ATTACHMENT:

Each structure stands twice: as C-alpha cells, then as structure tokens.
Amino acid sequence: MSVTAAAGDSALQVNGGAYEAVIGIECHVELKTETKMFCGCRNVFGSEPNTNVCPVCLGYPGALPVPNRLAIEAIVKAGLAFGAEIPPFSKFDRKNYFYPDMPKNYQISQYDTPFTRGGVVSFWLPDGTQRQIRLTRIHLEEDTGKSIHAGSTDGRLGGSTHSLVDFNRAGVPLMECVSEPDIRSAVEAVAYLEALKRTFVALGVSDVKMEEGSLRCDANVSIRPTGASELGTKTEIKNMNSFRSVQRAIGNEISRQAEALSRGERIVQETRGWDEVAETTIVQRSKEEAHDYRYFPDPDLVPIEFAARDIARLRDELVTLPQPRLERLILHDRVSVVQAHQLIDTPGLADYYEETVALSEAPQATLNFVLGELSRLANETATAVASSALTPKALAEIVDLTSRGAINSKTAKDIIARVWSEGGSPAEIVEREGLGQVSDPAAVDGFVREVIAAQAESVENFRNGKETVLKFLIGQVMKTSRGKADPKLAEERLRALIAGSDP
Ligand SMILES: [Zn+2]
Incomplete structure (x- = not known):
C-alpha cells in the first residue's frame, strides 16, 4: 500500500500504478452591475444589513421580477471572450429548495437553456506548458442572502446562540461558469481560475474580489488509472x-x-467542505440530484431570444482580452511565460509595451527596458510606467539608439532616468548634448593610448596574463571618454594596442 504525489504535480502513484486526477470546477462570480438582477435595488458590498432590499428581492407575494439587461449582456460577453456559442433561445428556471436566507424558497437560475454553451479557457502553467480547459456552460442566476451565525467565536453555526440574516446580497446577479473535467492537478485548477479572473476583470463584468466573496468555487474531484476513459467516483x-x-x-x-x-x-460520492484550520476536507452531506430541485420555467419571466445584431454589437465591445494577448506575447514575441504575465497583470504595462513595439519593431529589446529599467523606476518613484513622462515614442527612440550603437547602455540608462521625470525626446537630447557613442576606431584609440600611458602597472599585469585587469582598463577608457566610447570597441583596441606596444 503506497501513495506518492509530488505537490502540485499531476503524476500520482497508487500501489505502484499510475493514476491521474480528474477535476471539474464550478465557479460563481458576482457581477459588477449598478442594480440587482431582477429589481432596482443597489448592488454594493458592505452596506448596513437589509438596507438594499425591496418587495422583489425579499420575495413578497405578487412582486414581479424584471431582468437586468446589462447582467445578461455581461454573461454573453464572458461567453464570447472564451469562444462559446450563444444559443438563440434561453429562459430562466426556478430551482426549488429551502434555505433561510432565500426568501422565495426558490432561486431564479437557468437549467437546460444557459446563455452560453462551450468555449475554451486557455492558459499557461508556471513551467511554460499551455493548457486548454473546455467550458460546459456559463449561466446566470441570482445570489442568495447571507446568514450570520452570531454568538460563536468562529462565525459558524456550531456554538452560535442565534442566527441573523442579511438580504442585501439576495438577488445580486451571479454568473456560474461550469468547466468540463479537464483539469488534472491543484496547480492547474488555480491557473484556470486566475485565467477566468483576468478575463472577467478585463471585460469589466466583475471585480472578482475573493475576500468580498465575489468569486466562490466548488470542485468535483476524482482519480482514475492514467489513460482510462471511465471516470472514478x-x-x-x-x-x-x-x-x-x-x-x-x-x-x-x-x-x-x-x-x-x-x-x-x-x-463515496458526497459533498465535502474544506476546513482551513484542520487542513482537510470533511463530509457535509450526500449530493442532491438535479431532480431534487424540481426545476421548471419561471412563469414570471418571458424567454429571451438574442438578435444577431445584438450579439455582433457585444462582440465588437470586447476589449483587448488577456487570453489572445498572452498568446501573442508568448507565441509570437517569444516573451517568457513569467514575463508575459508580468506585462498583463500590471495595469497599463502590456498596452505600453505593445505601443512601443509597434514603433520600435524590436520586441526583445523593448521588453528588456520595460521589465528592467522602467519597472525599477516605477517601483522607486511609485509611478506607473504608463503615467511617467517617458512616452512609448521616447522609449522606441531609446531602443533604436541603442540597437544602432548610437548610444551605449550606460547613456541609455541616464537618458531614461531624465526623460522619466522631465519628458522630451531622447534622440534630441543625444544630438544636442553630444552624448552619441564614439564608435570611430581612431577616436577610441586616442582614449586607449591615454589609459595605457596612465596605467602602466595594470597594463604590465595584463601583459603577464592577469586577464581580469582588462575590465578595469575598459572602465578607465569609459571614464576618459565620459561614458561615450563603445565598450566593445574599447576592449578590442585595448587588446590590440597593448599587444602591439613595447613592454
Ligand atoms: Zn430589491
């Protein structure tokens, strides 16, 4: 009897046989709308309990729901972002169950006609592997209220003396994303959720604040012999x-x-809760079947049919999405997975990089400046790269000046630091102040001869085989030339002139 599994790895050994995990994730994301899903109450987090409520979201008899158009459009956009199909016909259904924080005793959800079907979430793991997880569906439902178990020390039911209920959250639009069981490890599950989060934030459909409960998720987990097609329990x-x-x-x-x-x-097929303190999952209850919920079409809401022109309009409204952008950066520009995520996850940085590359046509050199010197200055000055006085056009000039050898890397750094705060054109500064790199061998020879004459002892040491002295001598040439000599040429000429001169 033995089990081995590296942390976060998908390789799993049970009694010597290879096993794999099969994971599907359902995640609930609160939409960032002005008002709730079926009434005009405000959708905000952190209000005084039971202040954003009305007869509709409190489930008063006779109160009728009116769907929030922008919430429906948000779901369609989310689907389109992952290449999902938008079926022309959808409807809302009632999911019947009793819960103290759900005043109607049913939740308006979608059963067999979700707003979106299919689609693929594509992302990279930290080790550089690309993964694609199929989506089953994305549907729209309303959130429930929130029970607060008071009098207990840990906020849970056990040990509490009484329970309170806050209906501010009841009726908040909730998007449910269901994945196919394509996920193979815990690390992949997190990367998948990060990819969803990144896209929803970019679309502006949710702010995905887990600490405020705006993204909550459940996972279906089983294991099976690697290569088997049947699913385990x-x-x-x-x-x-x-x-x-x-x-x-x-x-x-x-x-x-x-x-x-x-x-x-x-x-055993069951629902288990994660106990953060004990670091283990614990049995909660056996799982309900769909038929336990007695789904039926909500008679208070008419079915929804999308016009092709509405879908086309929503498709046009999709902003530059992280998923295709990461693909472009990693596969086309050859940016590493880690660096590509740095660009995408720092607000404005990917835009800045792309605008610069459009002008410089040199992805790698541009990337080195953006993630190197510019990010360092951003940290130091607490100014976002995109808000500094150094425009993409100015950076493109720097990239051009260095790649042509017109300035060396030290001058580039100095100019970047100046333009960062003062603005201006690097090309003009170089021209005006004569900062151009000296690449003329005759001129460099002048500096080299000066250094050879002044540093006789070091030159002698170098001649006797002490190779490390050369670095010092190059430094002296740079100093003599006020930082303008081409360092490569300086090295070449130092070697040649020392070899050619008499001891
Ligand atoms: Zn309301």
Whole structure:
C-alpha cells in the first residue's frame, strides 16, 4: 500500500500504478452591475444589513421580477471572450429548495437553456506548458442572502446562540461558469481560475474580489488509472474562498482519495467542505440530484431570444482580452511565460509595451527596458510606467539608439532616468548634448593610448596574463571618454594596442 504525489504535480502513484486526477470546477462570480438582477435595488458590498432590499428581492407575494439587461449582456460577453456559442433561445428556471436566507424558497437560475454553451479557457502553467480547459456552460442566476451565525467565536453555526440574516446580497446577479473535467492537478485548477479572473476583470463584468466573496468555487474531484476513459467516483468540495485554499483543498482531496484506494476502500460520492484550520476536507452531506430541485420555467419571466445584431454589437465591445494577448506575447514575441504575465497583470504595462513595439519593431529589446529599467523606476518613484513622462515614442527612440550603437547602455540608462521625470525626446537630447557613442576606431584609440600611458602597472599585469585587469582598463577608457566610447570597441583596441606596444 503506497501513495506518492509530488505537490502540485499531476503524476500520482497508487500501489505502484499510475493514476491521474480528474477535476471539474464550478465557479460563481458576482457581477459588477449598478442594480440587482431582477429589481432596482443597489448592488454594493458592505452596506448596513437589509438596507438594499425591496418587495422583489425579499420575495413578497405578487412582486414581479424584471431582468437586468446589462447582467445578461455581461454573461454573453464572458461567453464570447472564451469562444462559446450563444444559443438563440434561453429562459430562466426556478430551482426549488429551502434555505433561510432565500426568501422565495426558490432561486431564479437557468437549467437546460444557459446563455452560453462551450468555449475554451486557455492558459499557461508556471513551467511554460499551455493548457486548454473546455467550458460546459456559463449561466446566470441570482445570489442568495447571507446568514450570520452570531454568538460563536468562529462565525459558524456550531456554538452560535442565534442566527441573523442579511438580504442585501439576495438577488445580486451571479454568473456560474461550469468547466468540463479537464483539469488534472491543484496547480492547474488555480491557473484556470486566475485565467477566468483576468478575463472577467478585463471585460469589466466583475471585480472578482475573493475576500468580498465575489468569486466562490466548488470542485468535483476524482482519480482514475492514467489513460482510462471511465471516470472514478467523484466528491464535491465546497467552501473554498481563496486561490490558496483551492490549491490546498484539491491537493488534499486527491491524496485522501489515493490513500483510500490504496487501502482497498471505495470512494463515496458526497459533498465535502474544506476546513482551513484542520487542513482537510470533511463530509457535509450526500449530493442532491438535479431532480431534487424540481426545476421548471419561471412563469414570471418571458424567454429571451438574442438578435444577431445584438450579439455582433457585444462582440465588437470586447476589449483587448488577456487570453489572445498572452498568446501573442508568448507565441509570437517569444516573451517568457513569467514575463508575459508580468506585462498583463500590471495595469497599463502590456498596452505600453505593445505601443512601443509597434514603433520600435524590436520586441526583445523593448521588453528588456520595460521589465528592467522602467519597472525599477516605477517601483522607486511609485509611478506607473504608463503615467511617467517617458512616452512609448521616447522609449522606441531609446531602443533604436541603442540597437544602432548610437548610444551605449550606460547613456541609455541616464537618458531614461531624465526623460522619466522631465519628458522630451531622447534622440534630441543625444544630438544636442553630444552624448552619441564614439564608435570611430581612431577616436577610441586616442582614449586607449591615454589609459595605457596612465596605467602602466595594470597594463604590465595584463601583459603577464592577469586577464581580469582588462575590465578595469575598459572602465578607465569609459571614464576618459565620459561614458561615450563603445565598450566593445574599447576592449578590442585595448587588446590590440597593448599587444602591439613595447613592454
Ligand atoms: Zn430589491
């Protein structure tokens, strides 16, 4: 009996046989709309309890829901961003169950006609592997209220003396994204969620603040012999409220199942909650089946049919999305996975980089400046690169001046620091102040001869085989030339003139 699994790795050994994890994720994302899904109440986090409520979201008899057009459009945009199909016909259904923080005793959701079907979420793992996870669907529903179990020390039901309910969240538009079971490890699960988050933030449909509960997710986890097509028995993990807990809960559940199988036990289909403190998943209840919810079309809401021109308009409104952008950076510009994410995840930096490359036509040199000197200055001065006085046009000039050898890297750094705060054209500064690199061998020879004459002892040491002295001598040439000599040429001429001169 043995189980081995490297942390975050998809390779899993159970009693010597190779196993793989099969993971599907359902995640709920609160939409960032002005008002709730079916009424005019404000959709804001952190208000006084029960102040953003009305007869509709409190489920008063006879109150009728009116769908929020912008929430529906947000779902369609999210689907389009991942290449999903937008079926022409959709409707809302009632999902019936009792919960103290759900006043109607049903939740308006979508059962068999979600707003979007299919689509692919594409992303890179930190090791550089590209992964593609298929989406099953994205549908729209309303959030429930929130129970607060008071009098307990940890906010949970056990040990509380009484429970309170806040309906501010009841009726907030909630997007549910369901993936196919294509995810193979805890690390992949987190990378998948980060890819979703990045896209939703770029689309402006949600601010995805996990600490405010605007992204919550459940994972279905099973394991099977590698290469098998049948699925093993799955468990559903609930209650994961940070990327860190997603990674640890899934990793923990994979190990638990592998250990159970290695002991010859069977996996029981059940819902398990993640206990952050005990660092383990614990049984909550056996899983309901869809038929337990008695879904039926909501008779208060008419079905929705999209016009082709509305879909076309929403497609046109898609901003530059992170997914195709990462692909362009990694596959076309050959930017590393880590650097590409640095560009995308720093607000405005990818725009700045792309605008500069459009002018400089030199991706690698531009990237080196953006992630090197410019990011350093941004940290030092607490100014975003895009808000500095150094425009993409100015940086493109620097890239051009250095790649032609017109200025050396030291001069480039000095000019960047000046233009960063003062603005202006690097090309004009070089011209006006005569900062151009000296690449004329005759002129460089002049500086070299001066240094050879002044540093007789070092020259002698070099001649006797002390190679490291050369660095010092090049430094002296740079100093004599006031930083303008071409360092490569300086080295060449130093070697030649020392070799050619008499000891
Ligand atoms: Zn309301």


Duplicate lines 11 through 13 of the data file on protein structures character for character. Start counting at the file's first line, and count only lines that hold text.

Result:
Ligand atoms: Zn430589491
């Protein structure tokens, strides 16, 4: 009996046989709309309890829901961003169950006609592997209220003396994204969620603040012999409220199942909650089946049919999305996975980089400046690169001046620091102040001869085989030339003139 699994790795050994994890994720994302899904109440986090409520979201008899057009459009945009199909016909259904923080005793959701079907979420793992996870669907529903179990020390039901309910969240538009079971490890699960988050933030449909509960997710986890097509028995993990807990809960559940199988036990289909403190998943209840919810079309809401021109308009409104952008950076510009994410995840930096490359036509040199000197200055001065006085046009000039050898890297750094705060054209500064690199061998020879004459002892040491002295001598040439000599040429001429001169 043995189980081995490297942390975050998809390779899993159970009693010597190779196993793989099969993971599907359902995640709920609160939409960032002005008002709730079916009424005019404000959709804001952190208000006084029960102040953003009305007869509709409190489920008063006879109150009728009116769908929020912008929430529906947000779902369609999210689907389009991942290449999903937008079926022409959709409707809302009632999902019936009792919960103290759900006043109607049903939740308006979508059962068999979600707003979007299919689509692919594409992303890179930190090791550089590209992964593609298929989406099953994205549908729209309303959030429930929130129970607060008071009098307990940890906010949970056990040990509380009484429970309170806040309906501010009841009726907030909630997007549910369901993936196919294509995810193979805890690390992949987190990378998948980060890819979703990045896209939703770029689309402006949600601010995805996990600490405010605007992204919550459940994972279905099973394991099977590698290469098998049948699925093993799955468990559903609930209650994961940070990327860190997603990674640890899934990793923990994979190990638990592998250990159970290695002991010859069977996996029981059940819902398990993640206990952050005990660092383990614990049984909550056996899983309901869809038929337990008695879904039926909501008779208060008419079905929705999209016009082709509305879909076309929403497609046109898609901003530059992170997914195709990462692909362009990694596959076309050959930017590393880590650097590409640095560009995308720093607000405005990818725009700045792309605008500069459009002018400089030199991706690698531009990237080196953006992630090197410019990011350093941004940290030092607490100014975003895009808000500095150094425009993409100015940086493109620097890239051009250095790649032609017109200025050396030291001069480039000095000019960047000046233009960063003062603005202006690097090309004009070089011209006006005569900062151009000296690449004329005759002129460089002049500086070299001066240094050879002044540093007789070092020259002698070099001649006797002390190679490291050369660095010092090049430094002296740079100093004599006031930083303008071409360092490569300086080295060449130093070697030649020392070799050619008499000891
Ligand atoms: Zn309301």